The Adjustment Bureau

11 Apr

Title: The Adjustment Bureau
Year:
2011
Director:
George Nolfi
Writer: George Nolfi, loosely based on a short story by Philip K. Dick
Starring:
Matt Damon, Emily Blunt, Anthony Mackie, John Slattery, Terrence Stamp, Michael Kelly, Anthony Ruivivar
MPAA Rating:
PG-13, brief strong language, some sexuality and a violent image
Runtime:
106 min
Major Awards:

IMDb Rating:
7.1
Rotten Tomatoes:
72%

 

George Nolfi, a screenwriter who had penned two Matt Damon films (The Bourne Ultimatum and Ocean’s Twelve), makes his directorial debut here, a film he also wrote loosely basing it upon a Philip K. Dick short story, and enlists Mr. Damon for the leading role in this film.

The Adjustment Bureau is a smart film, and in Mr. Damon it has one of the most consistent actors in the business taking on the leading role, and with him stars Emily Blunt as his co-star, and she’s another very reliable actress, and the chemistry the two strike up in this one is probably what makes this film as good as it is, it’s completely believable, and just really elevates this one by making us care about their characters and believe what they have going on between them.

And this is a film for smart people, kind of like a more gentle version of The Matrix, but one that will still be able to elicit some pretty cool conversations about faith and free will, the philosophical issues on display here are pretty deep, but, because they’re combined with such charming actors and a lighter tone than the aforementioned sci-fi masterpiece, they’re easier to swallow.

That lighter tone is because of the love story that’s also very much present here, one that’s far less concerned with “Are you really The One?” issues than that of Neo and Trinity but still pretty great to watch on-screen, especially because, as I said above, Mr. Damon and Ms. Blunt have some really believable and outstanding chemistry. Because, you see, Mr. Damon’s character falls in love with Ms. Blunt’s and then his efforts to be with her seem to be avoided by a mysterious group.

This is the group of people the title of the film refers to, some sort of accountants that exist to adjust your fate. And Mr. Damon’s David finds out about them, and actually meets them, and they tell him that they’ll have his mind wiped if he continues to try and find her and fall in love with her, and that he’s better off just stopping his pursuit. But of course any guy would never stop going after a girl who looks anything like Emily Blunt, much less if it seems you can’t stop bumping into her.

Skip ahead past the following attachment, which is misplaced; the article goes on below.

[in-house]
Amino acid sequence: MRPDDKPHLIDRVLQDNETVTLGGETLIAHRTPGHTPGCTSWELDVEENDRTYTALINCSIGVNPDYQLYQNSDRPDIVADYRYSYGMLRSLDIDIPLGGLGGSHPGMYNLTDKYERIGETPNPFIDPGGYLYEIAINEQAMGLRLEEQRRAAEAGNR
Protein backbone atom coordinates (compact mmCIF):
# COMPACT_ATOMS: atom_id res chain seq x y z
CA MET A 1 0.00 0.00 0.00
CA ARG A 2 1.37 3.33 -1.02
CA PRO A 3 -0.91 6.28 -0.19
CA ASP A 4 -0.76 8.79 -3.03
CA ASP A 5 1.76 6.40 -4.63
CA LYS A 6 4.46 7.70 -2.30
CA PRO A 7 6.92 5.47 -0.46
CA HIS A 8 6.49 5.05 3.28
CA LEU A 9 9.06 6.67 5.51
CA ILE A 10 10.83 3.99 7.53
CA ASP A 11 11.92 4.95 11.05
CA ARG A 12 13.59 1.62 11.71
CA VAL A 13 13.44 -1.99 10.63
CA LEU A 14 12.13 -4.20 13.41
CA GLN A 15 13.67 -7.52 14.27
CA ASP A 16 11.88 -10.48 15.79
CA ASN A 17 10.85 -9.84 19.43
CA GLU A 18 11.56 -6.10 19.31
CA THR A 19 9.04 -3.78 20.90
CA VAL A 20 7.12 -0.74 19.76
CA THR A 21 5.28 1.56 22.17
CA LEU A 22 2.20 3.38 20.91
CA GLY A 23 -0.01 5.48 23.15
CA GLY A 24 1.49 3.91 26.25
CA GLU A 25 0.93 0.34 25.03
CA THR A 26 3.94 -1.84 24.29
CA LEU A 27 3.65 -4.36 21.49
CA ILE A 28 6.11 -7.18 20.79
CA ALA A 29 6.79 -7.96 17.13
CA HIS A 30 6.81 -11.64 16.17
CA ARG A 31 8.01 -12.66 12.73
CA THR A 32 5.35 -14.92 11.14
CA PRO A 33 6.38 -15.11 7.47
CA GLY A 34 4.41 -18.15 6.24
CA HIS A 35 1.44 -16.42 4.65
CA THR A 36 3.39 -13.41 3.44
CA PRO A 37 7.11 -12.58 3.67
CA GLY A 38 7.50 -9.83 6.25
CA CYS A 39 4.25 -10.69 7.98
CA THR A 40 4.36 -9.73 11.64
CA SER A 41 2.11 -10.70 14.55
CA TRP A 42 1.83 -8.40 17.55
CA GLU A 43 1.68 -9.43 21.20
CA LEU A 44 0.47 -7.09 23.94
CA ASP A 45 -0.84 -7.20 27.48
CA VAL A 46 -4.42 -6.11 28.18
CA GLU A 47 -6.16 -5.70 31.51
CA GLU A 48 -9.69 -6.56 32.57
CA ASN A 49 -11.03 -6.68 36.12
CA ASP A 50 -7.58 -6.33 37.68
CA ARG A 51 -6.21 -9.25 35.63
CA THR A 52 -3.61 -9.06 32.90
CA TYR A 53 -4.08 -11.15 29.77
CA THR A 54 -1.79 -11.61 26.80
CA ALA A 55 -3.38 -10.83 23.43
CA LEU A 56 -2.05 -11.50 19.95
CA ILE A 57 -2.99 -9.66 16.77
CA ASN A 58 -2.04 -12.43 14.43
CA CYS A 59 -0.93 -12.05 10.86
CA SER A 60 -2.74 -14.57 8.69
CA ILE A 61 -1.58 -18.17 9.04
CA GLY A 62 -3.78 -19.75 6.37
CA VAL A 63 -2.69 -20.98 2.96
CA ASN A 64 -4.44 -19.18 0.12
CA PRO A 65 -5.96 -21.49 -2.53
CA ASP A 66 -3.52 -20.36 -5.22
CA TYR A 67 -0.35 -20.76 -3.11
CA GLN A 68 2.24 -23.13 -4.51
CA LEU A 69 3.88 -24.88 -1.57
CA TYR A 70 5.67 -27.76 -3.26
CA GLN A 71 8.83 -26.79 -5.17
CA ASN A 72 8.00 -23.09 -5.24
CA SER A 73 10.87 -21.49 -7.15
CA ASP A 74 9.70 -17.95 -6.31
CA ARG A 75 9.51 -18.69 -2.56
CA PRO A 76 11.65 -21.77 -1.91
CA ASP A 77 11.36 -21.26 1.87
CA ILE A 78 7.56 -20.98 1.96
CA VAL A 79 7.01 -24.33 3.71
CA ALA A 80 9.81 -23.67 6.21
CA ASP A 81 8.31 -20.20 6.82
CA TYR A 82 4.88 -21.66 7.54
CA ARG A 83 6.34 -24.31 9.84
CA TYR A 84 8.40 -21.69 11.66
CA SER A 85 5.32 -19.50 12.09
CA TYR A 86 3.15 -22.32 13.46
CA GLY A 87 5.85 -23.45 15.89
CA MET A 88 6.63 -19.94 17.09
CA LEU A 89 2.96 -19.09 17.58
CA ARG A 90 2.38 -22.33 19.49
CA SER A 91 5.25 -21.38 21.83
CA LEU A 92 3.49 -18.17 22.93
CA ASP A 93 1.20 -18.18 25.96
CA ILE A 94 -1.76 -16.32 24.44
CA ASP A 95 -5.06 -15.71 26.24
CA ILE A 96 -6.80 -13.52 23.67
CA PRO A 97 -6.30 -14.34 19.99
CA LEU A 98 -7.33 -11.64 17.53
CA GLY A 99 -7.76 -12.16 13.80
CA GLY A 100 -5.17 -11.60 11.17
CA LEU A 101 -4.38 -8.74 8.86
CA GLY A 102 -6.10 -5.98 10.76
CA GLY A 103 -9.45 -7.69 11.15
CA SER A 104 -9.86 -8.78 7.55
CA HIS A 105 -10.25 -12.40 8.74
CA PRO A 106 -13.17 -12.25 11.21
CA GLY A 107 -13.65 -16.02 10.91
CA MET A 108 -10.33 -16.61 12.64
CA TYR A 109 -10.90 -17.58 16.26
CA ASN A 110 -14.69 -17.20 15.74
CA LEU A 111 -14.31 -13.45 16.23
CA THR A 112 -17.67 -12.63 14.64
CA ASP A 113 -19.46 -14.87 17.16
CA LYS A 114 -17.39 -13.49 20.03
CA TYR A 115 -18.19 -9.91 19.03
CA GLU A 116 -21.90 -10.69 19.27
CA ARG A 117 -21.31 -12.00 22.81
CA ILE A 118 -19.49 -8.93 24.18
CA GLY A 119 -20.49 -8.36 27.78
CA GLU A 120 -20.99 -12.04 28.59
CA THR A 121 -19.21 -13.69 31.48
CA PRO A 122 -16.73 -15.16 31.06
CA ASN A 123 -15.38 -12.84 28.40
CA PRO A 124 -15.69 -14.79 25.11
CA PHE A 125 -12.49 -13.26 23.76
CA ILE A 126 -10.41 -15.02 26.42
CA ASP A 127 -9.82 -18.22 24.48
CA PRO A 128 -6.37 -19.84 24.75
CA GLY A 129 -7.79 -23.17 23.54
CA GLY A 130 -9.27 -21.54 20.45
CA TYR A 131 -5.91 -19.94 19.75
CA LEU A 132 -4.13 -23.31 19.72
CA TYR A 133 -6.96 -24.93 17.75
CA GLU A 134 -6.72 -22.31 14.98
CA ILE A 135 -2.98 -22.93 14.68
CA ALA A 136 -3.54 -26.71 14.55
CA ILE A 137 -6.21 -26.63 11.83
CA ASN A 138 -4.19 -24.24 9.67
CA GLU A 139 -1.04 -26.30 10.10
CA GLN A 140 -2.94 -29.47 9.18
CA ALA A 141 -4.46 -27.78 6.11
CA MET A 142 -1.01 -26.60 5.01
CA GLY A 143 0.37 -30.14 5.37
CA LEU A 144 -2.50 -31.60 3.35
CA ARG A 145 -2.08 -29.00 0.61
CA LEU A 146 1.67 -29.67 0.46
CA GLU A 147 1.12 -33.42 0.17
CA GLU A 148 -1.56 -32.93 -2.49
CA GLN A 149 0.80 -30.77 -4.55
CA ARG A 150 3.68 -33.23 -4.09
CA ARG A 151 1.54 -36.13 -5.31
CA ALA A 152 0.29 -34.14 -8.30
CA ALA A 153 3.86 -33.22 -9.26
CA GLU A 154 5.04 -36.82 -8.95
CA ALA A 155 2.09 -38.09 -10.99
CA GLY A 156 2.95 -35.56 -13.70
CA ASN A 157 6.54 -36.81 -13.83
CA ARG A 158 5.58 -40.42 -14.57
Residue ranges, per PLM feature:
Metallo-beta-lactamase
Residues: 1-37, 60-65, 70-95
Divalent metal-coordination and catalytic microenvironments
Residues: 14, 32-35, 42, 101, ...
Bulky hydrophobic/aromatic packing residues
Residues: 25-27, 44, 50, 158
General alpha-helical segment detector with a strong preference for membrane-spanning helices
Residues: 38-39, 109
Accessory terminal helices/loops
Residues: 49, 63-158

If you’re thinking this all sounds just like a love story then you’d be right, but behind this love story there are things that go quite deep, and the combination of the two, of the oddball romance side with the more complex metaphysical part of it, makes for a really fun film.

And you know what else? You just have to love how this film looks. I mean honestly, the cinematography is truly superb, done by John Toll who has two Oscars (Legends of the Fall and Braveheart) the film is shot in a way that’s just tremendously effective, and that really goes a long way to convey David’s sense of frustration about his situation.

I know a couple of friends who had trouble with the ending, one told me she really liked the film considerably less because of it, the other one told me it completely ended up ruining the film for him. And, on paper, that ending, which I won’t spoil for you here, doesn’t do it for me at all, it’s not my favorite way to end this story, it kind of makes it all more on the light and cutesy side, instead of dark and complex which it should be considering this was based on a Philip K. Dick story. However, that’s on paper, because when I saw the film I liked the ending because of what the rest of the film had done to me to get there, in the context and style of the film that ending does work, there probably could have been a better one, but the one we do get is totally fine by me.

The philosophical dilemmas on display here are ones we’ve seen presented to us time and time again, but this one goes at it head-on, it asks us about what we believe, if our fate is predetermined and we just have to watch it all go by, or if what you do can alter it. This film presents this group of people, all wearing awesome suits and fedoras, who adjust things in order for things to go by their predetermined course of action, and it also presents two people in love who are trying to run away from them.

However, like I said, this is still a lighter film considering the issues presented. And that’s both a good thing and a bad thing for The Adjustment Bureau. It’s a good thing because, by making it light and choosing to focus just as much on the romantic element of it all, which has its bits of funny moments in it, it doesn’t ruin itself by going over-the-top with the deeper issues. However, there was also a chance that by being a bit more risky, and thus choosing to delve into those deeper subjects, it would have tackled them in really smart and great ways, and with that it may have turned into a pretty fantastic film. But it didn’t do that, so we’ll never know unless some adjusters come here and change the film, but for what it did this is still a pretty phenomenal film, and I’d advise you to change the course of your upcoming movie-seeing day and make sure you see it.

Grade: B+

Advertisements

Leave a Reply

Fill in your details below or click an icon to log in:

WordPress.com Logo

You are commenting using your WordPress.com account. Log Out / Change )

Twitter picture

You are commenting using your Twitter account. Log Out / Change )

Facebook photo

You are commenting using your Facebook account. Log Out / Change )

Google+ photo

You are commenting using your Google+ account. Log Out / Change )

Connecting to %s

%d bloggers like this: